A member of the Onondaga Nation, James served in the US Navy from 1984 until his medical retirement in 1989. Living with HIV disease, James was a Treatment Education Advocate for the Native American AIDS Project in San Francisco, was active with the Native American AIDS Institute and with the national Task Force on AIDS Prevention. He was on the steering committee for Positively Native, an organization for Native Americans living with HIV/AIDS, and a member of the Board of Directors of the National Minority AIDS Council.
James was tireless in his work to educate the Native American community on issues that have historically been barriers in the treatment and care of Native American people living with HIV and AIDS. He was a source of inspiration to all who knew him, a forceful advocate for a better quality of life for all Native Americans, and a generous and supportive mentor to many advocating for better HIV prevention and care nationwide. James died of complications from AIDS on August 16, 1998. A memorial service was held in San Francisco on Thursday, August 20, 1998. James was buried with his father in Arlington National Cemetery on September 9th, 1998. James, you led us through sharing your generous spirit. We will miss you.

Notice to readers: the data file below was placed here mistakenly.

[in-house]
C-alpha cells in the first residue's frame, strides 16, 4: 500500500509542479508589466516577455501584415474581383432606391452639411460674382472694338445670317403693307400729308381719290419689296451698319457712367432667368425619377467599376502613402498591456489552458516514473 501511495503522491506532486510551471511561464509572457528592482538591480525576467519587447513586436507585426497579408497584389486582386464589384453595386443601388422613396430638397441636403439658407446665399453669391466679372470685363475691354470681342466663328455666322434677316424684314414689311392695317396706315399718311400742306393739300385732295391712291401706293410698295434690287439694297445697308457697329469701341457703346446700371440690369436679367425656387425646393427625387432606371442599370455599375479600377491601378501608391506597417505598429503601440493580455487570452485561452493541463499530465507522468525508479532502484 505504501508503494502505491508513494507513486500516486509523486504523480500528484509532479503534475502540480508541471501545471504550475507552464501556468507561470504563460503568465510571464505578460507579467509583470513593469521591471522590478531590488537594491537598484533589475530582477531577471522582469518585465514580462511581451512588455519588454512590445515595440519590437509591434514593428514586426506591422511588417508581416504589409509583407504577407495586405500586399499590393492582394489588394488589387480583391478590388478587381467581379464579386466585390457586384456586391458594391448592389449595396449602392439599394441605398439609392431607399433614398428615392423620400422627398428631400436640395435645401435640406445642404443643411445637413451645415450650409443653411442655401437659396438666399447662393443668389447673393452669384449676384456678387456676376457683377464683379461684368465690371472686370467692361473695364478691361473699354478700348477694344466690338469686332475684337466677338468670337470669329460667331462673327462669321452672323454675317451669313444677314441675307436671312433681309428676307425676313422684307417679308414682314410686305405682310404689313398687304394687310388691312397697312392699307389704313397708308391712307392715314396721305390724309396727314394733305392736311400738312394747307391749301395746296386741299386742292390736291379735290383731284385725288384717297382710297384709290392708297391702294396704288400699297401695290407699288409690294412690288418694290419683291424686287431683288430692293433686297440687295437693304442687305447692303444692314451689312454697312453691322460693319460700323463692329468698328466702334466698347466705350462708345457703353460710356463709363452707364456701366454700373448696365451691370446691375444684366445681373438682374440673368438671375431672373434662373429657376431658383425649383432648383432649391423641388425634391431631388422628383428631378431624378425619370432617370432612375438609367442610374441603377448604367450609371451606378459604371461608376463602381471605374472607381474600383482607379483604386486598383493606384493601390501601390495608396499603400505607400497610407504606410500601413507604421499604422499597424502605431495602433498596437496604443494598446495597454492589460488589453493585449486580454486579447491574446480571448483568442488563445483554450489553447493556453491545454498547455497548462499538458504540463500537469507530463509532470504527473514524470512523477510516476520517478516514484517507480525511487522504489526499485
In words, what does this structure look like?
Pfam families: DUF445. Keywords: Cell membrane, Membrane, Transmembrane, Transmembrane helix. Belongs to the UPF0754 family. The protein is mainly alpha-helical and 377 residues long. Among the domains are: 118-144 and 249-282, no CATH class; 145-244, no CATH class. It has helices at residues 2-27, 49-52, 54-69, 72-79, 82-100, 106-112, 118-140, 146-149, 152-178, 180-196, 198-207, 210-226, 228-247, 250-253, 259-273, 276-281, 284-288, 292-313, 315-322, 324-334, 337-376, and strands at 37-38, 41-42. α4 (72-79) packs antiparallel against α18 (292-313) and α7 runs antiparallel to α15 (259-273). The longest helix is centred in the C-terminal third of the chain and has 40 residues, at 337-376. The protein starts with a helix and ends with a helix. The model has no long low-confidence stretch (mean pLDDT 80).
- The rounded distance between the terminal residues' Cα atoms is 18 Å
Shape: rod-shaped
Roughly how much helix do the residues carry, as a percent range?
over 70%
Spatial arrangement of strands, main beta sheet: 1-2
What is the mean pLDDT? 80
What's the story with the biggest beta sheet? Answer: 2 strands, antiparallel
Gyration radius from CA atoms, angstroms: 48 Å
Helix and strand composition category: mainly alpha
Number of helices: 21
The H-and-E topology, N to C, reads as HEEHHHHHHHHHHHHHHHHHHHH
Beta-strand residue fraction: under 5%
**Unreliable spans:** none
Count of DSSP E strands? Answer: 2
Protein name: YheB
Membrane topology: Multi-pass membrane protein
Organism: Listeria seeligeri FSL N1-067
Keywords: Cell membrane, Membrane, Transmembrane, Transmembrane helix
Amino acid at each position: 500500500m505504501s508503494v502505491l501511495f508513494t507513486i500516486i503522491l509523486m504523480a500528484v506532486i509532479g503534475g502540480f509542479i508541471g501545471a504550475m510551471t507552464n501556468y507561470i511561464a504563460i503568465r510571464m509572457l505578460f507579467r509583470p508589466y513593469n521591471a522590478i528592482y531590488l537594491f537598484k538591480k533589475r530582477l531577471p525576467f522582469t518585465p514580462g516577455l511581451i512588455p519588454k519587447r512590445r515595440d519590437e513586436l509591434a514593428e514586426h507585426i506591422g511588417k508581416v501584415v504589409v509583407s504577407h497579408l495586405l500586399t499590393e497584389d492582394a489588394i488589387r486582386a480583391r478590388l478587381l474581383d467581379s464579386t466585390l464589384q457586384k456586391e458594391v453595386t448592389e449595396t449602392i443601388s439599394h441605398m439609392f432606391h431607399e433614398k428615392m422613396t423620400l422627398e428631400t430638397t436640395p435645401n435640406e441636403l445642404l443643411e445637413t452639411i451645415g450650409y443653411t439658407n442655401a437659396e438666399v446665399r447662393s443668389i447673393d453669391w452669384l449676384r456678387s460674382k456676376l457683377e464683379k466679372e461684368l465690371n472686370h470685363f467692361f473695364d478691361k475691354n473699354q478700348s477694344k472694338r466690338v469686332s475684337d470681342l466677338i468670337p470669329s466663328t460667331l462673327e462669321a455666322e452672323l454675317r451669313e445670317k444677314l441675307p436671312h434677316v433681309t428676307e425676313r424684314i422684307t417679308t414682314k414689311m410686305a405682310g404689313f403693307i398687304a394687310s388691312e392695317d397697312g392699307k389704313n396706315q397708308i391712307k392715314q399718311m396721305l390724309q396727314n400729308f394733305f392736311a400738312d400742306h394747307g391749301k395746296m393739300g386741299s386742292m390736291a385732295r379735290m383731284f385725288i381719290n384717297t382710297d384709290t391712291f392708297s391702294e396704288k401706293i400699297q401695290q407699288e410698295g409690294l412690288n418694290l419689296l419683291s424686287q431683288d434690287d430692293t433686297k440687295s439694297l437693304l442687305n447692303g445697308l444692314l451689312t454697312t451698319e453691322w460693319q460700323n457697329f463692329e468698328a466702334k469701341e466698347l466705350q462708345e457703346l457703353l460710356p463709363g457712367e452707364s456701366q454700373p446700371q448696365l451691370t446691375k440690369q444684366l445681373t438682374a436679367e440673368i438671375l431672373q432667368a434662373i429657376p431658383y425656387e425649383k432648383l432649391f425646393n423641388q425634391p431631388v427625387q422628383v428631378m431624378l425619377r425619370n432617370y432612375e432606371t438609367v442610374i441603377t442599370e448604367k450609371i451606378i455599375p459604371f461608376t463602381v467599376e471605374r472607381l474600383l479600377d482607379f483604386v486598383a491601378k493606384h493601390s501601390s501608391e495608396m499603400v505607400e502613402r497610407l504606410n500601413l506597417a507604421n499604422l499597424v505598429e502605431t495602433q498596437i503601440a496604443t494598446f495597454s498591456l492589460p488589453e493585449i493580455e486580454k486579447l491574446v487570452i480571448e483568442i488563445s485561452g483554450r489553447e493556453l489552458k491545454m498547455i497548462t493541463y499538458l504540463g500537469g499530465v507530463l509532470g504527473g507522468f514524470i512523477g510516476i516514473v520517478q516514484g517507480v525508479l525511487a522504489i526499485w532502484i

(NALCHA News-Summer 1998, Native American Leadership Commision on Health and AIDS)
Interment date September 9, 1998